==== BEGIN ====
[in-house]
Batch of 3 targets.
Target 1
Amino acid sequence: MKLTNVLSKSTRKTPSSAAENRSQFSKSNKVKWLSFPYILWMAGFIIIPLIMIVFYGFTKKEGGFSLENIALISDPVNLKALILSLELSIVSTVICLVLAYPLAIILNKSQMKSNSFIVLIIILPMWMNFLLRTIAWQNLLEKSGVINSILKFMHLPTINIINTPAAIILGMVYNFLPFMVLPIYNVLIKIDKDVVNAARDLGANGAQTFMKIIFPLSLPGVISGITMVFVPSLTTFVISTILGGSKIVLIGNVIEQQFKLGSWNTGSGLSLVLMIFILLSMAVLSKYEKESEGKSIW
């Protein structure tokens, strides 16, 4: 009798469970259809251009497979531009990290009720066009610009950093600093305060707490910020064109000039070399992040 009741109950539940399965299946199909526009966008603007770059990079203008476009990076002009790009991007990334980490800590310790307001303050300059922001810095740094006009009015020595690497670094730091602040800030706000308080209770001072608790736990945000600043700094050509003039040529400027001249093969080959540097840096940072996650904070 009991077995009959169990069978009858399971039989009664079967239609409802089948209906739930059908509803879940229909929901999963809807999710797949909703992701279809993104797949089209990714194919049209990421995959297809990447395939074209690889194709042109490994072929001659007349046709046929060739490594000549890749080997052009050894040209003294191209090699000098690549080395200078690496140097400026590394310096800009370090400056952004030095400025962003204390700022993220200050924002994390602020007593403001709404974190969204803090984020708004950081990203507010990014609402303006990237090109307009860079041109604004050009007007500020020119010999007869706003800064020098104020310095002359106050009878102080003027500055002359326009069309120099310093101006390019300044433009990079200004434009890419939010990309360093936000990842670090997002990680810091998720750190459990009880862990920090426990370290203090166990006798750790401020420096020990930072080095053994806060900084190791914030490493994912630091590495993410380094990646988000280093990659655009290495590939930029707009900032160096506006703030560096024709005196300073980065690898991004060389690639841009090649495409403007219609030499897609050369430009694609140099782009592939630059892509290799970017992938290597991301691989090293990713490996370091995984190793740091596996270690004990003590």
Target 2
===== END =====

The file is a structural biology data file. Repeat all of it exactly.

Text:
[in-house]
Batch of 3 targets.
Target 1
Amino acid sequence: MKLTNVLSKSTRKTPSSAAENRSQFSKSNKVKWLSFPYILWMAGFIIIPLIMIVFYGFTKKEGGFSLENIALISDPVNLKALILSLELSIVSTVICLVLAYPLAIILNKSQMKSNSFIVLIIILPMWMNFLLRTIAWQNLLEKSGVINSILKFMHLPTINIINTPAAIILGMVYNFLPFMVLPIYNVLIKIDKDVVNAARDLGANGAQTFMKIIFPLSLPGVISGITMVFVPSLTTFVISTILGGSKIVLIGNVIEQQFKLGSWNTGSGLSLVLMIFILLSMAVLSKYEKESEGKSIW
């Protein structure tokens, strides 16, 4: 009798469970259809251009497979531009990290009720066009610009950093600093305060707490910020064109000039070399992040 009741109950539940399965299946199909526009966008603007770059990079203008476009990076002009790009991007990334980490800590310790307001303050300059922001810095740094006009009015020595690497670094730091602040800030706000308080209770001072608790736990945000600043700094050509003039040529400027001249093969080959540097840096940072996650904070 009991077995009959169990069978009858399971039989009664079967239609409802089948209906739930059908509803879940229909929901999963809807999710797949909703992701279809993104797949089209990714194919049209990421995959297809990447395939074209690889194709042109490994072929001659007349046709046929060739490594000549890749080997052009050894040209003294191209090699000098690549080395200078690496140097400026590394310096800009370090400056952004030095400025962003204390700022993220200050924002994390602020007593403001709404974190969204803090984020708004950081990203507010990014609402303006990237090109307009860079041109604004050009007007500020020119010999007869706003800064020098104020310095002359106050009878102080003027500055002359326009069309120099310093101006390019300044433009990079200004434009890419939010990309360093936000990842670090997002990680810091998720750190459990009880862990920090426990370290203090166990006798750790401020420096020990930072080095053994806060900084190791914030490493994912630091590495993410380094990646988000280093990659655009290495590939930029707009900032160096506006703030560096024709005196300073980065690898991004060389690639841009090649495409403007219609030499897609050369430009694609140099782009592939630059892509290799970017992938290597991301691989090293990713490996370091995984190793740091596996270690004990003590």
Target 2